“When did everyone become so obsessed with narrative?” I saw someone ask the internet the other day.
I didn’t answer at the time, but the question hasn’t gone away. I think we became obsessed with narrative around the same time we all realized how important it was to watching sports. Defining a “narrative” is the easiest way to view a sport in simple terms. It’s a way to give context to a bunch of games over a length of time.
I think as sports fans—and perhaps as humans—we are becoming more aware of how the media works. Not everyone has read Postman, but they get the gist. We are realizing how demand impacts the product media creates, and how the place we get information influences how we react. With this in mind it’s easy to see how a narrative brings clarity for fans as well as convenience for media members which, really, is what’s most important.
The Buffalo Sabres are a team badly in need of a narrative. I’m all for safety and common sense with regard to Tuesday night’s postponement, but they’re a squad that could have used a snow-swept, camaraderie-building home win in front of some of their heartier fans. Those games are fun when you win them. At the very least you get a nice story out of it.
The current narrative of this team is pretty weak. Right now it might actually be that the Sabres claimed a guy off waivers that has a pet bunny. It’s a cute bunny, I guess. Warner Brothers has managed to squeeze more than 70 years of material out of its rabbit. I doubt we make it a fortnight. It probably equals a fake Twitter account and a hashtag but that’s not exactly lasting. Immersion does not equal saturation when it comes to bunnies.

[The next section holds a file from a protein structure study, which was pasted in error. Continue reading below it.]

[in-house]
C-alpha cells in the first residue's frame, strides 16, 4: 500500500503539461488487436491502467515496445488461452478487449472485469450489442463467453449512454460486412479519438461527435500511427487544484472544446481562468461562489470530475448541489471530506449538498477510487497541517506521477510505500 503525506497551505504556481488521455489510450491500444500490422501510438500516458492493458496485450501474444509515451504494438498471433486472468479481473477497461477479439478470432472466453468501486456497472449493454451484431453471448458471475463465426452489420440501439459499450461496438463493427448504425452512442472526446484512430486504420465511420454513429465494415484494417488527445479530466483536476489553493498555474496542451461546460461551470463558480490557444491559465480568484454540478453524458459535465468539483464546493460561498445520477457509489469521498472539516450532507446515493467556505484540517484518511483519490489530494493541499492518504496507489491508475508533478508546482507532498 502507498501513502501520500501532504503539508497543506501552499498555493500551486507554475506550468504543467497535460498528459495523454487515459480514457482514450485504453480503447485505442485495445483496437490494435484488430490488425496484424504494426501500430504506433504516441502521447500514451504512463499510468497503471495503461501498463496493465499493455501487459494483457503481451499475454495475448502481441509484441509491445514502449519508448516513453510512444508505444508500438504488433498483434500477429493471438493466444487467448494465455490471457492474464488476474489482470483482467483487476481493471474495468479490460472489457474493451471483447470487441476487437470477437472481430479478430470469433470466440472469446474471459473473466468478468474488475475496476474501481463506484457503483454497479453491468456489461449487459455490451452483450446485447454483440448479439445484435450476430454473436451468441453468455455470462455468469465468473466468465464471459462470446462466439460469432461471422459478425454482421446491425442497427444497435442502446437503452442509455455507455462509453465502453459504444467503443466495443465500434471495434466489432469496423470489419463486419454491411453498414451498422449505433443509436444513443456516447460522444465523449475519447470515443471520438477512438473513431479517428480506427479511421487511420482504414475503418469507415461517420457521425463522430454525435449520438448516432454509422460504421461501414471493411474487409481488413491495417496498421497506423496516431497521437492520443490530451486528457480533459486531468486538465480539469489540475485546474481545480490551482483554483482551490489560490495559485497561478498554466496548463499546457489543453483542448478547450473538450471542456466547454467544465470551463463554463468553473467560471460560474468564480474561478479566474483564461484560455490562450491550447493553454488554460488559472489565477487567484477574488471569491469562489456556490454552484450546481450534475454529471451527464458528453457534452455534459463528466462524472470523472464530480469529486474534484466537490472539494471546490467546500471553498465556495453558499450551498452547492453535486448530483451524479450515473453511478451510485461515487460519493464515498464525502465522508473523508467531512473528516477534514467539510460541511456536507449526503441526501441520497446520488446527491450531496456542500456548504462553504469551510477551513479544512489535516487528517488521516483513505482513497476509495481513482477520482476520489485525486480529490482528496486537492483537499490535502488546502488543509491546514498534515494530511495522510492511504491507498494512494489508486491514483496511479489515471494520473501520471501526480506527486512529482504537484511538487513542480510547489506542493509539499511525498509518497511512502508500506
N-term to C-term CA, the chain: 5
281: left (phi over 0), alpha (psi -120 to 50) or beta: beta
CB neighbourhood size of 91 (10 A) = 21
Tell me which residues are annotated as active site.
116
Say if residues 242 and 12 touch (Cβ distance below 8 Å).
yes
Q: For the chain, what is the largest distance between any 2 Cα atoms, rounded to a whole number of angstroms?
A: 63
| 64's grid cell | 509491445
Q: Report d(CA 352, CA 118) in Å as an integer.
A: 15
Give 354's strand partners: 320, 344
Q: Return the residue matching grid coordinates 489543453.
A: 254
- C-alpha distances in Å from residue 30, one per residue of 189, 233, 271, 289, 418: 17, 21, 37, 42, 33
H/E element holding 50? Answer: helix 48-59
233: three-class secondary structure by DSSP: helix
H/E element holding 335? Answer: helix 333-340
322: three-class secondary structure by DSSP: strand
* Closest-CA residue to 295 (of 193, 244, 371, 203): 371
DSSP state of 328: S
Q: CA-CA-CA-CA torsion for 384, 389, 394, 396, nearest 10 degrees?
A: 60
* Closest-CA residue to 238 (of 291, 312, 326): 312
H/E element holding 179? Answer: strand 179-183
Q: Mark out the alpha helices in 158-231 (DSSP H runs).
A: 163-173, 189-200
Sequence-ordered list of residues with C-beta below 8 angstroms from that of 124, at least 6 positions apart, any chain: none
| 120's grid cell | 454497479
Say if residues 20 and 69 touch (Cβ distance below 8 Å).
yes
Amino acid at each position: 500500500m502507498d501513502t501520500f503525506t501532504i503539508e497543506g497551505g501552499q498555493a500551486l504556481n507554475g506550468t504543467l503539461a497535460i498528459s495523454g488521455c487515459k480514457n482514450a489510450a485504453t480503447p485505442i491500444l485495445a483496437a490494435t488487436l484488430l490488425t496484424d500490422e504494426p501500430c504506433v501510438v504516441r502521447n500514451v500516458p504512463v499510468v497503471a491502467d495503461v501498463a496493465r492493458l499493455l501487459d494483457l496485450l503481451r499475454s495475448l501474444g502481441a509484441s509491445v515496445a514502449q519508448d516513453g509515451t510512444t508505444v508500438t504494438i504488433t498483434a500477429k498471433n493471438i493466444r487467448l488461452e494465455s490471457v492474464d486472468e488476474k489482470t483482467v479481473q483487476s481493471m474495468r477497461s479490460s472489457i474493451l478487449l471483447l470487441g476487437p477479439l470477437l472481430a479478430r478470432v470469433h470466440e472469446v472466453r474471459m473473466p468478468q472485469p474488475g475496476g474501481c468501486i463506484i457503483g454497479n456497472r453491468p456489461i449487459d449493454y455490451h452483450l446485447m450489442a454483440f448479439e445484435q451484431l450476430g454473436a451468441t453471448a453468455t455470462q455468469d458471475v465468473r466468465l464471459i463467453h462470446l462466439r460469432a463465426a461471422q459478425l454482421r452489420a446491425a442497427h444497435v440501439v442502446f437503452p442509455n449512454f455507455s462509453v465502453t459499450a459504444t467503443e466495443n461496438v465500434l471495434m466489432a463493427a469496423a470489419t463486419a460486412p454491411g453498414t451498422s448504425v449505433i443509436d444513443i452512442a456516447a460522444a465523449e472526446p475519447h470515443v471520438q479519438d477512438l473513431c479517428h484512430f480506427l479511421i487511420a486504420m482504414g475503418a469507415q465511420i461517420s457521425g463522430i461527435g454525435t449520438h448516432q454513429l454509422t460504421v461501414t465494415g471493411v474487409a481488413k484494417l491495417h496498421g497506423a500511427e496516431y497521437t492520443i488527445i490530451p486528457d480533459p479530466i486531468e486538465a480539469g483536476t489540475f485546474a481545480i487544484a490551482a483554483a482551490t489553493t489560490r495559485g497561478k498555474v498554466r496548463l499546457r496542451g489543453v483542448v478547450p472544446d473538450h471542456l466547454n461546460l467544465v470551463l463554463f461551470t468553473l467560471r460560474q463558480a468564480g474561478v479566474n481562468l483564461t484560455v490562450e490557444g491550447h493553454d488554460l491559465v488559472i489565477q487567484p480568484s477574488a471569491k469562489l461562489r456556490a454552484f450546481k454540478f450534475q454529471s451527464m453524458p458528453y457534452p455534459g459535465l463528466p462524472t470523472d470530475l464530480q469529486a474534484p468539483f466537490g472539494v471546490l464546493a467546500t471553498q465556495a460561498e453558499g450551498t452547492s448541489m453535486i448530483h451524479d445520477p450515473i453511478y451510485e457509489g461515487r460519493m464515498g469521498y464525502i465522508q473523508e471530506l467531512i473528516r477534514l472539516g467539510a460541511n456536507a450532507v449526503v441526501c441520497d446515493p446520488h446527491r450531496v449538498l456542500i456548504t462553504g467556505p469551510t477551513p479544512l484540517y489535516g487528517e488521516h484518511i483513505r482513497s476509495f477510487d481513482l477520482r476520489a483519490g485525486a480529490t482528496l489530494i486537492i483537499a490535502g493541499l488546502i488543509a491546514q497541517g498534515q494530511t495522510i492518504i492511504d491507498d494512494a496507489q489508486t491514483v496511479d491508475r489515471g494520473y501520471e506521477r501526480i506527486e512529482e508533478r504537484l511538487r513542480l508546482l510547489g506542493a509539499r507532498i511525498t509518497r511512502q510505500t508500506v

Last night the story was that Jhonas Enroth can’t win a game with the Sabres. He said something pretty surprising in postgame, but today it’s talk of a new general manager that dominates the narrative. It, too, will pass. Just like the rest of What’s Important has slipped away this season.
Part of the problem is that the Sabres are a team full of third line personalities. Dealing with them on a daily basis is enjoyable. They’re fun guys, but it’s tough for fans to smile about dance contests and ritual birthday paddling when the win/loss record is lackluster.
If a team is not winning, how it will get better becomes the major story. Personnel changes. Roster changes. Draft picks and draft position. Those are the big stories people begin to take interest in. Even with Thomas Vanek gone, the Sabres are a team full of question marks. What will happen to Ryan Miller? What about Steve Ott? When will we see the rookies again? The questions are intriguing if they have answers. What the Sabres need, however, is time.
The Mikhail Grigorenko situation is so irrevocably broken that it can only be fixed with time. He was on the ice for Thursday night’s pregame skate, but he needs time away from Buffalo badly. Time to develop the way a prospect should. Time to let him be older than 19 and time for fans to forget about the unreasonable and unrealistic expectations he was saddled with when he first came to town. He’s not a complete loss, but we won’t really know until next season. Maybe. It’s all up in the air at this point.